There was a shaggy mass of hair and beard. They were so long that what was underneath was almost gone. Shadows and hairs seemed to have devoured it. Still, snoring and the smell of urine and sweat came from there, she was sure. There, the hairs swelled and deflated to the rhythm of rumblings and hisses. There, a long white bone bent in two still exceeded. Claudia approached. There was an empty bottle, which was convulsively squeezed by five finer bones.
And, approaching again, while kneeling, taking these bones in her delicate hand of high-born (her black shawl dragged on the pavement), Claudia saw marks. Fine, long marks that zebraed the wrist as claws. According to the redness and their sharpness, they were recent.
And snoring continued, they disturbed the sympathetic silence of the shadows, they prevented her friends from comforting her, they prevented Claudia from thinking. The Alderyn's family raven, clutching her shawl around her shoulders, was croaking so hard that she could no longer hear herself think. "The egg," said a familiar voice, too familiar, that gave Claudia a sudden desire to cry, her throat tightened. "If you have to choose," said the deep, reassuring, resolute, thorn, torn voice, "choose the dragon egg."
But she did not listen to him, the raven whispering in her ear. She did not listen to him. She did not listen to him anymore.
The life that these snores so insolently portrayed was an insult to the reassuring calm of the darkness. It was an insult to the red welts on the wrists of this thing. It was an insult to a dead one the day before in a forest at a cart day away. It was an insult to another too peaceful and too silent breathing, which was because of her, somewhere in the warren, in this damned village ...
Claudia put the white lock of nothingness behind her ear.
And in the alleys, in front of the shoemaker's shop, in front of the bakery shop, in the central square where the well was no longer flowing, in front of the shabby inn, in the deserted hall, in the shabby slab of the ground floor; the shadows began to dance.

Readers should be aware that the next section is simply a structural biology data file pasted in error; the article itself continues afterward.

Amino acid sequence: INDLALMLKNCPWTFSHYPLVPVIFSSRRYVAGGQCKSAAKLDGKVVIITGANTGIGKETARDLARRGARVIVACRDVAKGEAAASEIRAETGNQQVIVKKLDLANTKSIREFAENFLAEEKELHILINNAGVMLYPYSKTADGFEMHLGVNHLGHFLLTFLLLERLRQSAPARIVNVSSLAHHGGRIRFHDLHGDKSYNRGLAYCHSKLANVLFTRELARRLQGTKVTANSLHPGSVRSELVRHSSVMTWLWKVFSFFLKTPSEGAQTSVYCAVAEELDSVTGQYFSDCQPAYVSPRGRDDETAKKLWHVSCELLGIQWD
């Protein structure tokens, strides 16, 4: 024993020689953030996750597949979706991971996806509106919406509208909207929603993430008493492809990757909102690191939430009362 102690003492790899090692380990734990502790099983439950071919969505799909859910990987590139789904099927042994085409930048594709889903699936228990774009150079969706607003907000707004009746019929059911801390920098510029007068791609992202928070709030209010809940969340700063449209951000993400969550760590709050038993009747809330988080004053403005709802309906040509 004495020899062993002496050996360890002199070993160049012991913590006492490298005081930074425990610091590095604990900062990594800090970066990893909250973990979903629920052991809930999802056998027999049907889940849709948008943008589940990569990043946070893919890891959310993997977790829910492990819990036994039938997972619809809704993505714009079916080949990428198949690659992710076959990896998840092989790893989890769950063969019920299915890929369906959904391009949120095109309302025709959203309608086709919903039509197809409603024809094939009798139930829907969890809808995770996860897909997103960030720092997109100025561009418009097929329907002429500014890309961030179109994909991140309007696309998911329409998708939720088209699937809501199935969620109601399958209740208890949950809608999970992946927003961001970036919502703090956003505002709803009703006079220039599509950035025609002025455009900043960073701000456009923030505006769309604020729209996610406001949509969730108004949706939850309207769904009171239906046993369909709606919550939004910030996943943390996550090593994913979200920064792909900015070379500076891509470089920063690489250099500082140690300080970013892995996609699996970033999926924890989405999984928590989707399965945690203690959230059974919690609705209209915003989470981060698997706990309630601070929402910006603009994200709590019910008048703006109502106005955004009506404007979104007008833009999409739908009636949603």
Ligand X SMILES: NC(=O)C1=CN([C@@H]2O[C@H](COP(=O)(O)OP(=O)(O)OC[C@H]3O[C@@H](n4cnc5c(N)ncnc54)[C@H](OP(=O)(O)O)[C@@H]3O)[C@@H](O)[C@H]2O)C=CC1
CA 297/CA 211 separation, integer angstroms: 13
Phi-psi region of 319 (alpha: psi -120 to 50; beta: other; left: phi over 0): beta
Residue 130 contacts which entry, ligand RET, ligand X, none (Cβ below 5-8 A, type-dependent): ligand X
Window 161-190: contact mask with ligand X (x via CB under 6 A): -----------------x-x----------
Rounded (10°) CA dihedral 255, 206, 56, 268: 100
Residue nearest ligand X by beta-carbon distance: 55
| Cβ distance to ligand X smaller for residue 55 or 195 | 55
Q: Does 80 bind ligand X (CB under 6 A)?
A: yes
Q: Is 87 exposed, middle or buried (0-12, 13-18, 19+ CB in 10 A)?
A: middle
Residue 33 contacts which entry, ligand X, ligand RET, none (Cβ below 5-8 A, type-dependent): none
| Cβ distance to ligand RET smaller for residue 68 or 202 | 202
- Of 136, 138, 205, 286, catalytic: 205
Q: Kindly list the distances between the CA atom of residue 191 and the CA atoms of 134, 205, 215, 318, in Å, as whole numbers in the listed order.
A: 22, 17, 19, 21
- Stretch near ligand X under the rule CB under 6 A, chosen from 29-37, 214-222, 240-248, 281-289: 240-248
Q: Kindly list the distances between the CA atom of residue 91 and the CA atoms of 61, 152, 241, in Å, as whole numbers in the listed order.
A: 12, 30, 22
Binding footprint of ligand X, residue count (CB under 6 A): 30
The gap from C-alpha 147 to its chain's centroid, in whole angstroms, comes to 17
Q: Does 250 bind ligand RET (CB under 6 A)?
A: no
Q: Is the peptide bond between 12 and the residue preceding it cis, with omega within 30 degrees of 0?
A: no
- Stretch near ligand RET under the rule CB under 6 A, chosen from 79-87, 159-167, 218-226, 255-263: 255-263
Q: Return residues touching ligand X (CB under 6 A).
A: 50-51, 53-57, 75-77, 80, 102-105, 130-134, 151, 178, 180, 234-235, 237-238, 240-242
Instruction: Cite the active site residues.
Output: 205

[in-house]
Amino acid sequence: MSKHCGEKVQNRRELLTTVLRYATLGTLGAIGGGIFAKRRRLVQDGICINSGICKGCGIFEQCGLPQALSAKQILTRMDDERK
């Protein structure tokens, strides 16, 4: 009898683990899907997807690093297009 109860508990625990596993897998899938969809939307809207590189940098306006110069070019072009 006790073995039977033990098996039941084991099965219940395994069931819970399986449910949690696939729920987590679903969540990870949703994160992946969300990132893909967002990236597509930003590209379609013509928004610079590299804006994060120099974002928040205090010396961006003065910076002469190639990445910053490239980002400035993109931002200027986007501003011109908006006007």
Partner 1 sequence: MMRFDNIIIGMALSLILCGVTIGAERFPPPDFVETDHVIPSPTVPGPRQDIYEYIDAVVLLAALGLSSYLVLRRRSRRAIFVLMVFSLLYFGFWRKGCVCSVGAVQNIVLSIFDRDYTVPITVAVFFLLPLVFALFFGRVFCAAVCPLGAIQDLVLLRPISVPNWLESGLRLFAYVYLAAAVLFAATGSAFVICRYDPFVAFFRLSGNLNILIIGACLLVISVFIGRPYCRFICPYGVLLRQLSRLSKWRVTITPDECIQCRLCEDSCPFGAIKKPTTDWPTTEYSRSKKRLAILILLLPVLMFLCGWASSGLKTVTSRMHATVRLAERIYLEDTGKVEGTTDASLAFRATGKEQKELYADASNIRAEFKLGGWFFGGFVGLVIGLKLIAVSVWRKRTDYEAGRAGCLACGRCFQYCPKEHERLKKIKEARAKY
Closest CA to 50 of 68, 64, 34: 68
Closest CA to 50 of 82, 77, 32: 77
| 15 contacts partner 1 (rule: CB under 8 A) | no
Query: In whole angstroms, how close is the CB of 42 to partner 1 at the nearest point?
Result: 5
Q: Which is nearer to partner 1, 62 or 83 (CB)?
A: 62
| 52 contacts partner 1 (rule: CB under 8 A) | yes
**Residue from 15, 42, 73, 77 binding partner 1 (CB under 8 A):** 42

They danced and danced under the purple storm which Claudia held in her feverish hands.
They danced, danced, danced, and danced when the inn at Clock-Town rang with howls.
The mirror and the painted porcelain pot had broken into a thousand pieces. The guests and the innkeeper would certainly grumble. And all the villagers, no doubt. But as long as Soren could stand up, all those people and the whole world with them could all choke on their own bile.
Claudia's mouth twisted into a radiant smile. Her body collapsed on the dirt of the room. Her heart was tearing her chest. Before her eyes, there was nothing but snow. Nothing but light. Nothing but death. Nothing but nothingness.
Every hair, every thread, every fibre was nil white, the raven-like black was dead.
But when she stood up staggering, trembling, coughing red, her breath cut by the dagger that pierced her chest, she saw Soren standing on his mattress, all factitious peace away from his face, his chest rising at a frantic pace, he looked at her horrified like the day before. He was alive, and he was moving. This vision was well worth all the nothingness in the world.
Perched on the sign of the inn, a crow croaked, then flew away to the stars.
I summarize what just happened in case it was unclear: to rescue her brother from paralysis again, Claudia has just killed a human being.
But hey, it was an alcoholic tramp who had just tried to commit suicide. A cockroach in human form. It's not so bad, is it? Okay, she has lost life expectancy again ... but Soren can walk again.
Claudia does precisely the opposite of what Viren ordered her (symbolized here by the raven, do you understand?). Instead of leaving her brother behind to recover the dragon egg that could - according to Viren, save humanity from the slaughter, she kills people to save her brother.
Claudia is a scale, like her father. But a broken scale.
And stars symbolizing Aaravos, I leave you to drawn your own conclusions. ;)
Did you notice the reference to Majora's Mask? : p Hint: it is not discreet.
(1): "a blind man and a bird". You will, of course, have recognized Villadz as the blind navigator from season 2. But remember that a blindfold makes it just as blind and that Villadz is not the only character in the series to own a bird ...
Well, it was stream-of-consciousness, so a pretty confusing style, but I hope you enjoyed it anyway! : D